I am finishing this series of Breaking Down the Brain with an exploration of the Frontal Lobes. The frontal lobes are considered our emotional control center and home to our personality. There is no other part of the brain where lesions can cause such a wide variety of symptoms (Kolb & Wishaw, 1990).
The frontal lobes regulate motor function, problem solving, spontaneity, memory, language, initiation, judgement, impulse control, and social and sexual behavior. The frontal lobes are extremely vulnerable to injury due to their location at the front of the cranium. MRI studies show that the frontal area is the most common region of injury following mild to moderate traumatic brain injury (Levin et al., 1987).
Flat affect, loss of facial expression, is associated with frontal lobe damage.
Another area often associated with frontal damage is that of behavioral spontaneity. This was the case with the famous case of Phineas Gage. In 1848,a twenty-five-year-old railroad construction foreman Phineas Gage was packing powder and sand into a hole in rock, and the powder detonated. A 13-pound iron rod was driven through Gage’s cheek, out of the top of his head to land 30-some yards behind him. One of the more amazing anecdotes of this event was that Gage was brought to town–conscious–and he sat on his porch relating the details of the accident to his landlord while a doctor was summoned from the next town. Although he suffered an infection soon after, and his family prepared a coffin for him, he soon recovered, even though the rod damaged one or both of his brain’s frontal lobes.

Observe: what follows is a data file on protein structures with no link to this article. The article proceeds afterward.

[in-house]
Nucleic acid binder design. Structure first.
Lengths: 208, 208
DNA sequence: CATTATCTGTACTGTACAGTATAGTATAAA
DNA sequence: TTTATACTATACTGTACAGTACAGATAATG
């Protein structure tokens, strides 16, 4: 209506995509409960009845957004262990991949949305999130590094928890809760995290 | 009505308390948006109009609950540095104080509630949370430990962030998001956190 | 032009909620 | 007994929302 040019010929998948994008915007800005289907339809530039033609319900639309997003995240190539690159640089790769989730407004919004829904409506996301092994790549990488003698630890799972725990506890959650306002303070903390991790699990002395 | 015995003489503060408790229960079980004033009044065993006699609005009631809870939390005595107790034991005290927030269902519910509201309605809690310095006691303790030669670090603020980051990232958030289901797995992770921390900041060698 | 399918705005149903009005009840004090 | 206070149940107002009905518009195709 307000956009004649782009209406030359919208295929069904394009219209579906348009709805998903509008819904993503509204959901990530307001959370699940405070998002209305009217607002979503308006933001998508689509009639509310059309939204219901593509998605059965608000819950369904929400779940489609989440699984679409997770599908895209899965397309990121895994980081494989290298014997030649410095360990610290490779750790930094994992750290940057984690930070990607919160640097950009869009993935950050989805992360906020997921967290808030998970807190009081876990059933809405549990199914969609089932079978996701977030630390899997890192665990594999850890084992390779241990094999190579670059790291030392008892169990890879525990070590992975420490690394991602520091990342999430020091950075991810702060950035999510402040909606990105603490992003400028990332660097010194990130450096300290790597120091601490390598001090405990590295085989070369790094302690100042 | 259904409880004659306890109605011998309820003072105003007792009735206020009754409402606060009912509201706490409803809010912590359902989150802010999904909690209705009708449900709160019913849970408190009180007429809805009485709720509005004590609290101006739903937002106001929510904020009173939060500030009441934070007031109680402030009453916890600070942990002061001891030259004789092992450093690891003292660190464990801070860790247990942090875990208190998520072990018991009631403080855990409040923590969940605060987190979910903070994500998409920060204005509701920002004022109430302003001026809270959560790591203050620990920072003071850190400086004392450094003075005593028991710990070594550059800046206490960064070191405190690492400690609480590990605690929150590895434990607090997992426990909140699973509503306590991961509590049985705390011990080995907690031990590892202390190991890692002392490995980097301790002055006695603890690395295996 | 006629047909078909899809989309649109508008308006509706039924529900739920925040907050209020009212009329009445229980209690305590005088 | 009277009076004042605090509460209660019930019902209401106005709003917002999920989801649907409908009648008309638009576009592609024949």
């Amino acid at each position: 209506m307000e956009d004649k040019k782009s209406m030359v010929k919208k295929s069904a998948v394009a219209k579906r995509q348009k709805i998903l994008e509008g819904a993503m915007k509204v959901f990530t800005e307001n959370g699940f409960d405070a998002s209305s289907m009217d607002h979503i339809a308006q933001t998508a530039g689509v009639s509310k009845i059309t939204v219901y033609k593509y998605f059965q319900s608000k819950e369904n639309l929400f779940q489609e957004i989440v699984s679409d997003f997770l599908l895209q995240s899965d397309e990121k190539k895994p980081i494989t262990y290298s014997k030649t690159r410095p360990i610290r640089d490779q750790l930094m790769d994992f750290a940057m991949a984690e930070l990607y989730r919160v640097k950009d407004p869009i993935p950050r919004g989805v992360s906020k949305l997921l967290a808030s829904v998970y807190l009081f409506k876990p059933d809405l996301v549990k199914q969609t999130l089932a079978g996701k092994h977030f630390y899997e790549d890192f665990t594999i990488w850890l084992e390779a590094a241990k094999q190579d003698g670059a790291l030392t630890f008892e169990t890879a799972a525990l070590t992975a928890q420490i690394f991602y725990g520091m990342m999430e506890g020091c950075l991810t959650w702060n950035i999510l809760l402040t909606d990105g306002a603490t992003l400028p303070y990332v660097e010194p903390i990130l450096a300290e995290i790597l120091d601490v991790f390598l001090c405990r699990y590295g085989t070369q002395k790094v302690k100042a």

The frontal lobes are involved in several functions of the body including:
- Motor Functions
- Higher Order Functions
- Impulse Control
This is the most often damaged part of the brain when concussed in a motor vehicle crash, fall or assault. The frontal lobes sit right on top of the cranium’s bony structure near the eye sockets. Therefore, when concussed, the brain slides along those bony structures and gets damaged.
You can read more about Phineas Gage and the frontal lobes in my previous posts: